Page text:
When asked how school districts could engage them most effectively in decisions regarding programs and services, parents shared:

  • Holding meetings in which parents can participate in district-level planning was the top-ranked engagement method overall and for Asian parents, Latinx parents, and those based in the Central Valley and Los Angeles area.
  • Surveying parents about programs and services the district offers to its students was also popular, ranked as most important by White parents, Black parents, and those based in the Bay Area and San Diego area.
  • Other options were not ranked as most effective by any groups. Those options included phone calls asking for input on programs and services, meetings in which parents could provide input on supports for English learners, and meetings focused on pandemic recovery and learning acceleration.

Schools and districts should be looking to research-backed recommendations for implementing the approaches parents say are most important. Many of those can be found in Reimagine and Rebuild California Schools: Restarting School with Equity at the Center, including:

  • Conduct regular student wellness screenings and provide mental health supports. The pandemic has increased students’ feelings of stress, anxiety, and depression. Universal screeners can help school staff identify students in need of support; strong partnerships with community-based organizations (CBOs) and county mental health/behavioral health providers can help offer them appropriate providers and care teams.
  • Collect and review data on learning, attendance, engagement, grades, and school conditions and climate; create individualized action plans for every student’s whole child needs. Multiple metrics should serve to guide instructional planning—not to hold students back. Whether in the context of multi-tiered systems of support (MTSS) frameworks or individualized learning plans (IEPs), plans must help personalize learning to each student and support their social, emotional, language, and academic development.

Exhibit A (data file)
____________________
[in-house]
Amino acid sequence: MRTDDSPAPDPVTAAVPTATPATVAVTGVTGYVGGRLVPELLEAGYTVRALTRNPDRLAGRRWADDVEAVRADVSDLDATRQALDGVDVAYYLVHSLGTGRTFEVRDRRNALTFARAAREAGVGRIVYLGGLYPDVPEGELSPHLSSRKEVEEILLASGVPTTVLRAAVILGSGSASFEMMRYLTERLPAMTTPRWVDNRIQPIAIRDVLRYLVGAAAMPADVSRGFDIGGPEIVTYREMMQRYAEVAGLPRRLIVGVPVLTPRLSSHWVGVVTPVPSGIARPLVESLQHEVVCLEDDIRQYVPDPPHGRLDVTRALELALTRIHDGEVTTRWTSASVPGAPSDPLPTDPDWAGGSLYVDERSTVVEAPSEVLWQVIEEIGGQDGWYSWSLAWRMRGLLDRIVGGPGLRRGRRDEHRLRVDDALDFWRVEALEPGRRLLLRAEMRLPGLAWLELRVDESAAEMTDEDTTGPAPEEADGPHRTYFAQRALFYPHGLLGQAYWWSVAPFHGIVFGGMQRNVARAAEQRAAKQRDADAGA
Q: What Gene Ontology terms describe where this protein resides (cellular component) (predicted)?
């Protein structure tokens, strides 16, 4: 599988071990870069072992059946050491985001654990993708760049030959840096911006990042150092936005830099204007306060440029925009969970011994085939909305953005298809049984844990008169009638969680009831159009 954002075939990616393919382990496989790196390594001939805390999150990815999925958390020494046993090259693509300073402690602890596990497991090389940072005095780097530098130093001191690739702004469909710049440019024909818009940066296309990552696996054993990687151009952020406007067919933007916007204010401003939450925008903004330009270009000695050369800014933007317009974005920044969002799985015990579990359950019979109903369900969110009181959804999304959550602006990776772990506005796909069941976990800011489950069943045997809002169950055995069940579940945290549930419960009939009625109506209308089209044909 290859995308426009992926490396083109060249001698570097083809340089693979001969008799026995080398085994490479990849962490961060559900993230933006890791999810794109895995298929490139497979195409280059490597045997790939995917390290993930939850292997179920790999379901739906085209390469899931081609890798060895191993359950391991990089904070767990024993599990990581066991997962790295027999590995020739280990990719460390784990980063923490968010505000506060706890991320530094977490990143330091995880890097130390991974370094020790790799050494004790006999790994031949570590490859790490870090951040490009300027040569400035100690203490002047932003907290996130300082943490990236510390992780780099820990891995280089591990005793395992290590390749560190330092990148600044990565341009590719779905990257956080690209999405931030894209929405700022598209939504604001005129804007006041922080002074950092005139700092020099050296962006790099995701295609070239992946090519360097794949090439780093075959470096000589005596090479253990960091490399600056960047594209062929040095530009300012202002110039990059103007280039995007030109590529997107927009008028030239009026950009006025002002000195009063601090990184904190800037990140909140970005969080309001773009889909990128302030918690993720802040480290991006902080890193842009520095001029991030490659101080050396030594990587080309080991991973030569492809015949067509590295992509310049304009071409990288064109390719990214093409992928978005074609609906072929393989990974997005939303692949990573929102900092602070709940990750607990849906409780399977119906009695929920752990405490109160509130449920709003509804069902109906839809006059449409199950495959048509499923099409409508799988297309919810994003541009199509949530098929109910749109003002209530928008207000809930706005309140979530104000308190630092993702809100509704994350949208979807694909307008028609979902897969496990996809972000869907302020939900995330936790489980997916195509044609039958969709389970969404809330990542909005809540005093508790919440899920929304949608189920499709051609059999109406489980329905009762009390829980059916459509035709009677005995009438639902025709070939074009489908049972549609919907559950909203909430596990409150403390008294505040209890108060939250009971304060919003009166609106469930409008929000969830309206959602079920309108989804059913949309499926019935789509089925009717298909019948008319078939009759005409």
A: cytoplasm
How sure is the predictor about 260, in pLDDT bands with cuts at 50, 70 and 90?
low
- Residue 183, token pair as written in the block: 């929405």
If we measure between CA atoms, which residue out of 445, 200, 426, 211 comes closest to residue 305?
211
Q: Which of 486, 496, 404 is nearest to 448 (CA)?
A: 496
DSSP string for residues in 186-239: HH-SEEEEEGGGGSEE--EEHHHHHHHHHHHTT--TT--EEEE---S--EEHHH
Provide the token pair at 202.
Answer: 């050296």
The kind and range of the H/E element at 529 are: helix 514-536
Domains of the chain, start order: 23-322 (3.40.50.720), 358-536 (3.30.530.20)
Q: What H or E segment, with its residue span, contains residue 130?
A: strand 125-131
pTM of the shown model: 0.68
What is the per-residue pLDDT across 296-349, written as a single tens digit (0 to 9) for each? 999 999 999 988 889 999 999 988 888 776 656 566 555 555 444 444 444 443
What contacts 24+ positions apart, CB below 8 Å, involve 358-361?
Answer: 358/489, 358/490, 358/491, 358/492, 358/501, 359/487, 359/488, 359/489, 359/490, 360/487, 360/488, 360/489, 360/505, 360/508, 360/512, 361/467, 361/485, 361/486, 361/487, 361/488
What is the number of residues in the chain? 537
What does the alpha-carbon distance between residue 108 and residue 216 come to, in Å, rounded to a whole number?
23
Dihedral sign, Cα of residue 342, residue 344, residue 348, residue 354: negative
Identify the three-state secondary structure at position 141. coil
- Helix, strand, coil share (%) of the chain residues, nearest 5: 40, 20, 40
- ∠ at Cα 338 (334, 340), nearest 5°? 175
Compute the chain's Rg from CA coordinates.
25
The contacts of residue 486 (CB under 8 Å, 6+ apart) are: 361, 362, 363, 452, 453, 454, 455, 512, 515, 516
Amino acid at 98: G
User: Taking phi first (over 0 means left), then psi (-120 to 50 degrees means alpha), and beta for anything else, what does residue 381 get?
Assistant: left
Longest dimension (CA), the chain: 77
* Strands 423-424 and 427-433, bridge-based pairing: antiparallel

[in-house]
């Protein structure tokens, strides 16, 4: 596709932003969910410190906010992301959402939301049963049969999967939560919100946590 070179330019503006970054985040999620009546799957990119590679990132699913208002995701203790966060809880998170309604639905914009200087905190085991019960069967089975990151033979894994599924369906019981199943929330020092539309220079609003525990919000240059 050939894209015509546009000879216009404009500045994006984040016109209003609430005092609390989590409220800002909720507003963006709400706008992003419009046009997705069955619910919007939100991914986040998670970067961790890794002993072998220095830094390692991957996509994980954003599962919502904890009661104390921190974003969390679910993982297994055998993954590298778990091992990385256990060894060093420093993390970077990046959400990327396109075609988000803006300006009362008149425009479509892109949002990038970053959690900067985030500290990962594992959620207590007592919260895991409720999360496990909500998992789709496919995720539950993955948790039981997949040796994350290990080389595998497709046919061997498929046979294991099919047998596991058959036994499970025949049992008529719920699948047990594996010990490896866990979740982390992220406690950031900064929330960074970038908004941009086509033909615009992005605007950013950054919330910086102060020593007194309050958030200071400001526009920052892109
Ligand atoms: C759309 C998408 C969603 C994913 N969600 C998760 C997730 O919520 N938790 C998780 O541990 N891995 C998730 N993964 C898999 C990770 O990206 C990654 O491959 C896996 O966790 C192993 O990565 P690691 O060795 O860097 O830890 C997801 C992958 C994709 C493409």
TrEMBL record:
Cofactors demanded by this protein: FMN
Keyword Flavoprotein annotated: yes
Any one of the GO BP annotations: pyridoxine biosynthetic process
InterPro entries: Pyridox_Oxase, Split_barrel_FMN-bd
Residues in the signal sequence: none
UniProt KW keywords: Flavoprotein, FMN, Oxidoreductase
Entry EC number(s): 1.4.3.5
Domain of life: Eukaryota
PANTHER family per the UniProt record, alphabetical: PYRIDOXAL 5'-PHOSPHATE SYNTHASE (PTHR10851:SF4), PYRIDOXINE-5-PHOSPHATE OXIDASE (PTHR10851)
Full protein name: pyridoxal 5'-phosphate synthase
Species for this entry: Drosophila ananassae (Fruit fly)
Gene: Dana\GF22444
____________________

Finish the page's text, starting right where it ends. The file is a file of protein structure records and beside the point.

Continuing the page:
• Support student reengagement by hiring up and offering students choice and voice. School closures have left young people socially isolated—many are chronically absent and have even disappeared from school systems altogether. Districts need to staff up or partner with CBOs to find and reengage students and their families. When students return, they should find relevant and rigorous lessons, opportunities to explore their interests and identities, and norms, rules, and activities they have a hand in developing.
  • Focus on priority standards and lessons taught at grade level to accelerate—rather than remediate—learning.
  • Consider high-dosage tutoring and mentoring to reengage students and accelerate their learning. Tutoring is an evidence-based strategy for supporting academic skills and should be connected to classroom learning. High-quality mentoring has been proven to support students building trusting relationships with adults.
  • Offer expanded learning opportunities. Partnerships with child-, youth-, and family-serving CMOs can help address students’ academic, language, social, emotional, and physical needs during out-of-school time. Learning opportunities should be fun, engaging, focused on real-world connections, and complementary to classroom instruction.
  • Advance racial equity in curriculum and instruction. Students of all racial, ethnic, and linguistic backgrounds should feel safe, acknowledged, and respected by academic content and instructional approaches.

About The Education Trust–West: